What Does the Future Hold for the Automobile?


For a generation, the car has been reviled by city planners, greens and not too few commuters. In the past decade, some boldly predicted the onset of “peak car” and an auto-free future which would be dominated by new developments built around transit.

Yet “peak car,” like the linked concept of “peak oil” has failed to materialize. Once the economy began to recover from the Great Recession, vehicle miles traveled, sales of cars, and particularly trucks, began to rise again, reaching a sales peak the last two year. Instead, it has been transit ridership that has stagnated, and even fallen in some places like Southern California.

Demographics — notably the rise of the millennial generation — were once seen as the key to unlocking a post-car future. Yes, younger people have been slower to buy cars than their predecessors, much as they have been slow to get full-time jobs, marry or buy homes, but more are now driving, so to speak, the car market, representing the largest share of new automobile buyers.

Convenience can’t be banned

The persistence of personal transportation has little to do with the much hyped “love affair” with the automobile but convenience and access to work. Simply put, with a few notable exceptions, Americans live in increasingly “dispersed regions.” Transit works brilliantly, as Wendell Cox and I demonstrated recently in a paper for Chapman’s Center for Demographics, to downtown San Francisco and a few other “legacy” urban centers, notably New York which accounts for a remarkable 40 percent of all transit commuting in the United States.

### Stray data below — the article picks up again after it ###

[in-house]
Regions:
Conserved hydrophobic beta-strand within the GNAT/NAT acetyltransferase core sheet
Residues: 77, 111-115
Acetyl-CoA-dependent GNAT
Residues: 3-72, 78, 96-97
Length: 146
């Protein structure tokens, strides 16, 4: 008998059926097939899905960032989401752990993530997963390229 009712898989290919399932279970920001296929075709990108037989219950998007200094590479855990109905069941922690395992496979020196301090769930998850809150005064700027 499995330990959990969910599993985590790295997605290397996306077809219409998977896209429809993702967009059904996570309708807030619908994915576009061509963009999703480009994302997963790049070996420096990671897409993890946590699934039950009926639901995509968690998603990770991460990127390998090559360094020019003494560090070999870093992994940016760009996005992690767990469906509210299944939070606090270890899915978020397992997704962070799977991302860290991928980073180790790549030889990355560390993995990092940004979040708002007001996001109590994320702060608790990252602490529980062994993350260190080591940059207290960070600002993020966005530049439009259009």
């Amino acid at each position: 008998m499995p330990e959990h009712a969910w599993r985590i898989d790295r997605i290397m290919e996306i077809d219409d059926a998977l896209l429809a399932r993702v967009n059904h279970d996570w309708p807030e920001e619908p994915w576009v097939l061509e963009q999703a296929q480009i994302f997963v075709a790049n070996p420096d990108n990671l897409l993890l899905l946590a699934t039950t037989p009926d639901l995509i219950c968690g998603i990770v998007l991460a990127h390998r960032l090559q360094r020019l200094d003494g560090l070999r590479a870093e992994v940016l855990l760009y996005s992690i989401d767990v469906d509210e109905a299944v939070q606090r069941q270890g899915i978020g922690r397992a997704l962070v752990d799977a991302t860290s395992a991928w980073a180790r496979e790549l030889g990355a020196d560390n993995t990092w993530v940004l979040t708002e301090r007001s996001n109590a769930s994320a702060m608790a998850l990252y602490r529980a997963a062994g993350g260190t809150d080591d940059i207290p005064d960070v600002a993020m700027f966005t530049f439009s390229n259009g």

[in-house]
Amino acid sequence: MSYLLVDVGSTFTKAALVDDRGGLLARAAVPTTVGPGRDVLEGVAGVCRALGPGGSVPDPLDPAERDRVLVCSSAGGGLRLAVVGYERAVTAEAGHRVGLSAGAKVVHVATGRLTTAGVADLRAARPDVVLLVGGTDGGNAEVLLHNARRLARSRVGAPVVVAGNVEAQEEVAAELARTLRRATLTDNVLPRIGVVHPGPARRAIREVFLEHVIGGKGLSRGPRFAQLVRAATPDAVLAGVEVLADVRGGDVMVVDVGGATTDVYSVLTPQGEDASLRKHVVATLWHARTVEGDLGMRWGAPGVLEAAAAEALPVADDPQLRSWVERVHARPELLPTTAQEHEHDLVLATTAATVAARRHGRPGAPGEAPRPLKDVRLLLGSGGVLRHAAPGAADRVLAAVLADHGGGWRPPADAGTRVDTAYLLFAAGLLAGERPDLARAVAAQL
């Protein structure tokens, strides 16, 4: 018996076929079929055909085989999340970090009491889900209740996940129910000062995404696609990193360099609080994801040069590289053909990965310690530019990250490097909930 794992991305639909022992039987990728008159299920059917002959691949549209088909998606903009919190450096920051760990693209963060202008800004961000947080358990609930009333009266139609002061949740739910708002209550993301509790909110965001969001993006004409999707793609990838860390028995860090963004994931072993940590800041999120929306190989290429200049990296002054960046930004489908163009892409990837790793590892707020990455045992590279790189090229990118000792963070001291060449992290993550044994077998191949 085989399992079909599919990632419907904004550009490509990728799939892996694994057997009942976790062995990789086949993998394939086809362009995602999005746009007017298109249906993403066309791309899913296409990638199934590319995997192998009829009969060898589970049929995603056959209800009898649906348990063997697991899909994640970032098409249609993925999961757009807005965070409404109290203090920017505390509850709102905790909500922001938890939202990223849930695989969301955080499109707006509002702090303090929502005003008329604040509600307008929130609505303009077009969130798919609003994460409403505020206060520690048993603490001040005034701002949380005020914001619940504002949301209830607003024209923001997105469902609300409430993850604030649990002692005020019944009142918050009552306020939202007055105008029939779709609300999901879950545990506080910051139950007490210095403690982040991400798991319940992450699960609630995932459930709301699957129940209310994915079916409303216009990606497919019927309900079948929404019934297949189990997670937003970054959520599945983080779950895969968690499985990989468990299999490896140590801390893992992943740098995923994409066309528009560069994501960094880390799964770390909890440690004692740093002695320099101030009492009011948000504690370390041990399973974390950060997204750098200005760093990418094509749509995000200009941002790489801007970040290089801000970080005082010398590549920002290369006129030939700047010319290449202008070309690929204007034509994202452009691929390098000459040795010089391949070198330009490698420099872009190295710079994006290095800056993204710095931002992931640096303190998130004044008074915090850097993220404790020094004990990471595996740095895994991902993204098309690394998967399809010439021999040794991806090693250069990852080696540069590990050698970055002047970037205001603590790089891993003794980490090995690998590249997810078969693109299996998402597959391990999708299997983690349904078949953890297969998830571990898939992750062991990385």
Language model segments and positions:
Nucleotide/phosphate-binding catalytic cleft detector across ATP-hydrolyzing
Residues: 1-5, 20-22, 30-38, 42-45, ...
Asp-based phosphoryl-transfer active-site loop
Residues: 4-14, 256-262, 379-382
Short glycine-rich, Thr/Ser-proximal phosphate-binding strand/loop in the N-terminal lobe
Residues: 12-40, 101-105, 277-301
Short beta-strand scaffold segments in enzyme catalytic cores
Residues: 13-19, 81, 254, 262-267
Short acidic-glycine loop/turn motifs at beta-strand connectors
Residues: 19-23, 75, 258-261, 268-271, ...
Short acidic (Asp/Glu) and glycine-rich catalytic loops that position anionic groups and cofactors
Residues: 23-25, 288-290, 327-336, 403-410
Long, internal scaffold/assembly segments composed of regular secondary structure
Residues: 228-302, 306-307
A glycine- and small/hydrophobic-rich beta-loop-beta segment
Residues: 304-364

Yet, overall, 90 percent of Americans get to work in cars. Access to jobs represents a key factor. University of Minnesota research shows that the average employee in 49 of the nation’s 52 major metropolitan areas can reach barely 1 percent of the jobs in the area by transit within 30 minutes while cars offer upwards of 70 times more access. This practical concern does much to explain why up to 76 percent of all work trips remain people driving alone.

Read the entire piece at The Orange County Register.

Joel Kotkin is executive editor of NewGeography.com. He is the Roger Hobbs Distinguished Fellow in Urban Studies at Chapman University and executive director of the Houston-based Center for Opportunity Urbanism. His newest book is The Human City: Urbanism for the rest of us. He is also author of The New Class ConflictThe City: A Global History, and The Next Hundred Million: America in 2050. He lives in Orange County, CA.

Photo: Nissan_LEAF_got_thirsty.jpg: evgonetwork (eVgo Network). Original image was trimmed and retouched (lighting and color tones) by User:Mariordoderivative work: Mariordo [CC BY 2.0], via Wikimedia Commons